Do you have to buy rice every month?

Yes, because the new paddies that we planted could not produce rice; the rice died immediately. For the good quality rice we have to pay 27,000 kyat [US $19.58] [per basket[11] of rice]. If we buy the rice which is not so good we have to pay 5000 to 7000 kyat [US $3.62 to US $5.08] [per basket of rice]. If we cannot pay the shopkeepers straight away, we have to pay 3000 kyat [US $2.17] as interest per basket of rice each month. All the villagers are doing their living in this way and we can [only] go through year-by-year with the grace of God.

In the end, do you want to add anything?

I want to say that the farmers want to work freely for a living. The rest of the land which has not been confiscated yet, we want to use it to work on, so we need help from the leaders to arrange something for us.

Thank you.

Yes, thank you.


[1] KHRG trains community members in southeastern Burma/Myanmar to document individual human rights abuses using a standardised reporting format; conduct interviews with other villagers; and write general updates on the situation in areas with which they are familiar. When conducting interviews, community members are trained to use loose question guidelines, but also to encourage interviewees to speak freely about recent events, raise issues that they consider to be important and share their opinions or perspectives on abuse and other local dynamics.

[2] In order to increase the transparency of KHRG methodology and more directly communicate the experiences and perspectives of villagers in southeastern Burma/Myanmar, KHRG aims to make all field information received available on the KHRG website once it has been processed and translated, subject only to security considerations. For additional reports categorised by Type, Issue, Location and Year, please see the Related Readings component following each report on KHRG’s website. 

[3] A standard refers to a school year in the education system of Burma/Myanmar. The basic education system has a 5-4-2 structure. Primary school runs from Standard 1 to Standard 5, lower secondary school is Standard 6 to Standard 9, and upper secondary school is Standard 10 to Standard 11. 

[4] A mo is a term in Burmese/Myanmar meaning mother, used to express respect when talking to older people. Although it translates as ‘mother’ it does not imply a familial relationship.

[5] The drumstick tree, also called moringa, is a highly nutritional fast growing tree whose leaves are used for soups, and roots are used for medicine in Myanmar.

[6] Asia World Company is a Burma/Myanmar company with significant investments in the shipping industry, infrastructure, and plantation agriculture in Myanmar.  Asia World Company and its related companies are owned by Myanmar national Stephen Law and were added to the US Sanctions list in July 2016 due to their historic and continued links to the Burma/Myanmar military regime, see “US extends sanctions, further targets Asia World,” Myanmar Times, May 17th 2016. In KHRG’s operation area of Toungoo District, Asia World Company constructed a hydroelectric dam resulting in damage to villagers’ land and the relocation of villagers, see “Toungoo Interview: Saw H---, April 2011,” KHRG, September 2012.  Additionally, in Mergui-Tavoy District, Asia World Company confiscated villagers’ land for plantations, see “Mergui-Tavoy Situation Update: Ler Muh Lah and Ta Naw Tree Townships, January to June 2015,” KHRG, October 2015.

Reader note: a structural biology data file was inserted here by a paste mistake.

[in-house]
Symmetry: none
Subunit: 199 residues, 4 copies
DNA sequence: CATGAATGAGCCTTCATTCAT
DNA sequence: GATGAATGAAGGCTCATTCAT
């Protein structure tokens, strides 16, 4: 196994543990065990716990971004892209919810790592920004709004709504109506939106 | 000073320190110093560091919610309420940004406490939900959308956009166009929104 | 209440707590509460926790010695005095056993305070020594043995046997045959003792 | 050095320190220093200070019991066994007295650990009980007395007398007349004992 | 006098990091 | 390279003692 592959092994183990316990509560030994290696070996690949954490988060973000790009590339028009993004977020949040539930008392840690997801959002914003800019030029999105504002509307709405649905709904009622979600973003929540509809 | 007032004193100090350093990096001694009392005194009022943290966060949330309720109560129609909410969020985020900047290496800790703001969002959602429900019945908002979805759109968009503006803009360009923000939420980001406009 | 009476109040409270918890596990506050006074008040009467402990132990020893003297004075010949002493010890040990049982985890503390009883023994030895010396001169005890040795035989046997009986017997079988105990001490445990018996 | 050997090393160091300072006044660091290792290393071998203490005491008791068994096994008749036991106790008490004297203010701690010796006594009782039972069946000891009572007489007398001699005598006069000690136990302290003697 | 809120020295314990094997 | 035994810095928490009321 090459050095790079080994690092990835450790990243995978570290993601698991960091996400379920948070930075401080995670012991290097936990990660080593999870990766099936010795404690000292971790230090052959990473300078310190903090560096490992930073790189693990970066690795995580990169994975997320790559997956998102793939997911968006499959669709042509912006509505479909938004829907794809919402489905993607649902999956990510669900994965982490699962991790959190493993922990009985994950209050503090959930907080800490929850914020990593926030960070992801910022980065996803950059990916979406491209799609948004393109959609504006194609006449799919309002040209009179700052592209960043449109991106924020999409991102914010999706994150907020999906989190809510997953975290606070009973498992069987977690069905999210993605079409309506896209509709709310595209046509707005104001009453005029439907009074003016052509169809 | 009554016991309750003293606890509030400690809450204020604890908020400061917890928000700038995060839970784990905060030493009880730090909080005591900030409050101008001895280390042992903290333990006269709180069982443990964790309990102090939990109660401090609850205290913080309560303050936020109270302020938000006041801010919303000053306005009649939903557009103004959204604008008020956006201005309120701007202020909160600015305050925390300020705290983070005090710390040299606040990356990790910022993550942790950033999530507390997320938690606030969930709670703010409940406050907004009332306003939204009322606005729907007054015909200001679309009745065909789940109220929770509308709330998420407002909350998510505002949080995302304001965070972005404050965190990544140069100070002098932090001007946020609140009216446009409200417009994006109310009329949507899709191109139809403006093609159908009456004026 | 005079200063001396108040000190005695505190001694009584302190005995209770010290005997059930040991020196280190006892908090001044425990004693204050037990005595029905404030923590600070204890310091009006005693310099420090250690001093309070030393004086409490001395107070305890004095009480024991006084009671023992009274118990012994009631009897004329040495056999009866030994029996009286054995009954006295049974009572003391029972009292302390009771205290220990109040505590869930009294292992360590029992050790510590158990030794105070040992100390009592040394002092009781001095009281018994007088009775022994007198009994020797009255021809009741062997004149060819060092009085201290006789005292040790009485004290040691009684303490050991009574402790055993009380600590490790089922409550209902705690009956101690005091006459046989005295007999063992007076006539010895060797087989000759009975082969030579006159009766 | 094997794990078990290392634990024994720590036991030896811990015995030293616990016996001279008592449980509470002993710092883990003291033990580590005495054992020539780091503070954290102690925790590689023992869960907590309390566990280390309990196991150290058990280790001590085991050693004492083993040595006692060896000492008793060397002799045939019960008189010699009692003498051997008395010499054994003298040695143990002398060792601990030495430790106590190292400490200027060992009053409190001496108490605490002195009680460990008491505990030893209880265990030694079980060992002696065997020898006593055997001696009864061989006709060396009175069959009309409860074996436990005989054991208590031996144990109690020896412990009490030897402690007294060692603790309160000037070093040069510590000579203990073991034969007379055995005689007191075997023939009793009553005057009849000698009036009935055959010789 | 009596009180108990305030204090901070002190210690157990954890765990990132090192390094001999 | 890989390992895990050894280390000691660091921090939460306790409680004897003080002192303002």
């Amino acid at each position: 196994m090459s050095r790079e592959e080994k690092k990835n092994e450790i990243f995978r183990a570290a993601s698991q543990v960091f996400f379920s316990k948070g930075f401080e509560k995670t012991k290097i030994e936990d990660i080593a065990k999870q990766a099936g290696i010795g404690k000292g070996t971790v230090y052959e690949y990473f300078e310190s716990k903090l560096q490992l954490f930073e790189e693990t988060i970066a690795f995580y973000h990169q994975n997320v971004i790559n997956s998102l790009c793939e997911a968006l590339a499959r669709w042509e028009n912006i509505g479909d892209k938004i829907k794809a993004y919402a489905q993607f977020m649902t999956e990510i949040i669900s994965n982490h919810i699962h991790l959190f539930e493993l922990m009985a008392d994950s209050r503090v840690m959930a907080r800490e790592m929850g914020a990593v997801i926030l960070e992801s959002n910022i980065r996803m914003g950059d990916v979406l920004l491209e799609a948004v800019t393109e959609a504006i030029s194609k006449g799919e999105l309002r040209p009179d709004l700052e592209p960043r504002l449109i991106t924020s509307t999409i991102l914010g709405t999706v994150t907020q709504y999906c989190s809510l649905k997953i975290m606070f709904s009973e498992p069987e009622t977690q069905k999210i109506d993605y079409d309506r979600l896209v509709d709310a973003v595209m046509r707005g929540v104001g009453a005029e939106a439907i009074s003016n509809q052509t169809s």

[7] Throughout the civil war between the Burmese military regime and ethnic armed groups many villages in Karen State were forcibly relocated to areas under Burmese military control. For an example from Htantabin Township where this interviewee is based see, “Patrols, movement restrictions and forced labour restrictions in Toungoo District,” September 2009.

[8] Light Infantry Division (LID) of the Tatmadaw is commanded by a brigadier general, each with ten light infantry battalions specially trained in counter-insurgency, jungle warfare, "search and destroy" operations against ethnic insurgents and narcotics-based armies. LIDs are organised under three Tactical Operations Commands, commanded by a colonel, three

[9] All conversion estimates for the kyat in this report are based on the 21st December 2016_official market rate of 1378 kyat to US $1.

[10] Kaung Myanmar Aung Company (KMAC) or Kaung Myanmar Aung Group of Companies is a Myanmar-owned business group with investments in teak plantations in Toungoo District, and mining, agriculture, shipping, construction and real estate development within Myanmar. Their chairman is Mr Khin Maung Aye. KMAC have been implicated in land confiscation cases in southeast Myanmar which have included threats to villagers who were customary owners of he lands, see “Toungoo Situation Update: Thandaunggyi and Htantabin townships, November 2014 to February 2015,” July 2015. Affected villagers held protests against the company in 2015 and early 2016 in order to demand the return of their lands, see “Toungoo Situation Update: Thandaunggyi and Htantabin townships, November 2015 to January 2016,” July 2016. For information on a similar case with KMAC in Pyin Oo Lwin Township, Mandalay Division, see “Presidential adviser sues 13 farmers for trespassing,” Myanmar Times, September 2nd, 2013. 

[11] A basket is a unit of volume used to measure paddy, milled rice and seeds. One basket is equivalent to 20.9 kg or 46.08 lb of paddy, and 32 kg or 70.4 lb of milled rice. A basket is twice the volume of a big tin.